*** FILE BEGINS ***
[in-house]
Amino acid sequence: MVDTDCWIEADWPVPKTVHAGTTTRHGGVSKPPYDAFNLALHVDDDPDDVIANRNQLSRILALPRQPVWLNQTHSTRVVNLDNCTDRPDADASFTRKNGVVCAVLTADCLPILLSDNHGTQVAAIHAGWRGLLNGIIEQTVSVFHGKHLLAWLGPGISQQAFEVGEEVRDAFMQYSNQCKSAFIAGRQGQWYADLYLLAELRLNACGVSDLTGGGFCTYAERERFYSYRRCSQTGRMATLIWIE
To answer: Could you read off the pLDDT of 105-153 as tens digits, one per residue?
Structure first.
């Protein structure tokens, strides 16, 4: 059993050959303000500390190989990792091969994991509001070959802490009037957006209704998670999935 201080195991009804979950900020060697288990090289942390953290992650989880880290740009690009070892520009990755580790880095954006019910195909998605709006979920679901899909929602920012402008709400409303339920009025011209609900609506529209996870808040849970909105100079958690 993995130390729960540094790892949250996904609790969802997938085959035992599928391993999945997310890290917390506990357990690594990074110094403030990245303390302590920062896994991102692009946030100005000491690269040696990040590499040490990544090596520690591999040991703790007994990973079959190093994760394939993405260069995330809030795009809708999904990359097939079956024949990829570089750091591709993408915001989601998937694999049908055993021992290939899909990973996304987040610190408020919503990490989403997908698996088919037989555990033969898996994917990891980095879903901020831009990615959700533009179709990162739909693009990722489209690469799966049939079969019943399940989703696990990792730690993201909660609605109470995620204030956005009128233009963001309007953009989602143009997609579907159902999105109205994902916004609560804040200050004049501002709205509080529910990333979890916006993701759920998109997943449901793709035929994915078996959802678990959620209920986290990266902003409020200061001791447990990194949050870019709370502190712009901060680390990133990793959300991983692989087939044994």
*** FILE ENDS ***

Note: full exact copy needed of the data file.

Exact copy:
[in-house]
Amino acid sequence: MVDTDCWIEADWPVPKTVHAGTTTRHGGVSKPPYDAFNLALHVDDDPDDVIANRNQLSRILALPRQPVWLNQTHSTRVVNLDNCTDRPDADASFTRKNGVVCAVLTADCLPILLSDNHGTQVAAIHAGWRGLLNGIIEQTVSVFHGKHLLAWLGPGISQQAFEVGEEVRDAFMQYSNQCKSAFIAGRQGQWYADLYLLAELRLNACGVSDLTGGGFCTYAERERFYSYRRCSQTGRMATLIWIE
To answer: Could you read off the pLDDT of 105-153 as tens digits, one per residue?
Structure first.
């Protein structure tokens, strides 16, 4: 059993050959303000500390190989990792091969994991509001070959802490009037957006209704998670999935 201080195991009804979950900020060697288990090289942390953290992650989880880290740009690009070892520009990755580790880095954006019910195909998605709006979920679901899909929602920012402008709400409303339920009025011209609900609506529209996870808040849970909105100079958690 993995130390729960540094790892949250996904609790969802997938085959035992599928391993999945997310890290917390506990357990690594990074110094403030990245303390302590920062896994991102692009946030100005000491690269040696990040590499040490990544090596520690591999040991703790007994990973079959190093994760394939993405260069995330809030795009809708999904990359097939079956024949990829570089750091591709993408915001989601998937694999049908055993021992290939899909990973996304987040610190408020919503990490989403997908698996088919037989555990033969898996994917990891980095879903901020831009990615959700533009179709990162739909693009990722489209690469799966049939079969019943399940989703696990990792730690993201909660609605109470995620204030956005009128233009963001309007953009989602143009997609579907159902999105109205994902916004609560804040200050004049501002709205509080529910990333979890916006993701759920998109997943449901793709035929994915078996959802678990959620209920986290990266902003409020200061001791447990990194949050870019709370502190712009901060680390990133990793959300991983692989087939044994």